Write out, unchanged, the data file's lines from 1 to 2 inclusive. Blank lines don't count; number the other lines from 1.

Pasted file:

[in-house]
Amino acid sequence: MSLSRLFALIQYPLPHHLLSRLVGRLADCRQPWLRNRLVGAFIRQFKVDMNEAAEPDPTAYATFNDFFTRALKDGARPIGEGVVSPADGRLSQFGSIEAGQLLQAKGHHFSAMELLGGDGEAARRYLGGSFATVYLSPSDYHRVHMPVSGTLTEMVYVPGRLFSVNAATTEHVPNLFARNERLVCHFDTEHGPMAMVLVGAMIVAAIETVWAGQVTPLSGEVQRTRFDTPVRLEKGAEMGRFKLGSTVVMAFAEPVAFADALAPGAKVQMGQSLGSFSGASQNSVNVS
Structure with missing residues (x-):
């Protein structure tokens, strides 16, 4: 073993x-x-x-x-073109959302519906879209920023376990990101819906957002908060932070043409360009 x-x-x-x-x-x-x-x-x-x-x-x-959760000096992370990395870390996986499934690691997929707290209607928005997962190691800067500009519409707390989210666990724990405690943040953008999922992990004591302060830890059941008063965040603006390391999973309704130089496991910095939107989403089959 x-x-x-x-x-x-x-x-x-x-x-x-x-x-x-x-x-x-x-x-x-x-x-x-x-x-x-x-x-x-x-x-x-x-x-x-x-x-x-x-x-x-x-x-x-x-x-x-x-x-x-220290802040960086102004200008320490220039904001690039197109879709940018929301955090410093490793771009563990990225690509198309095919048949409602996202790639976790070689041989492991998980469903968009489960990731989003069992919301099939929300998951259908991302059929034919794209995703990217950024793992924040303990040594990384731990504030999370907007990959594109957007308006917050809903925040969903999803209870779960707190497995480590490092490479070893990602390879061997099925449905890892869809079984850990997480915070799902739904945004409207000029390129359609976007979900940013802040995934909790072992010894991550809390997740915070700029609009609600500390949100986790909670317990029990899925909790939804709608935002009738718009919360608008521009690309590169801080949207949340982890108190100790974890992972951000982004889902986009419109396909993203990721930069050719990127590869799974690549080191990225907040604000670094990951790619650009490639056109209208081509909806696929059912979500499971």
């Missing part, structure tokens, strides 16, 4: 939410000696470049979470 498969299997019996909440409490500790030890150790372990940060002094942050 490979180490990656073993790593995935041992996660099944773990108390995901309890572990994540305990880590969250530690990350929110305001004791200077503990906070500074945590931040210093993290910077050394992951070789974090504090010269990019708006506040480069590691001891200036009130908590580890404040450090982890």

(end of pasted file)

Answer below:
[in-house]
Amino acid sequence: MSLSRLFALIQYPLPHHLLSRLVGRLADCRQPWLRNRLVGAFIRQFKVDMNEAAEPDPTAYATFNDFFTRALKDGARPIGEGVVSPADGRLSQFGSIEAGQLLQAKGHHFSAMELLGGDGEAARRYLGGSFATVYLSPSDYHRVHMPVSGTLTEMVYVPGRLFSVNAATTEHVPNLFARNERLVCHFDTEHGPMAMVLVGAMIVAAIETVWAGQVTPLSGEVQRTRFDTPVRLEKGAEMGRFKLGSTVVMAFAEPVAFADALAPGAKVQMGQSLGSFSGASQNSVNVS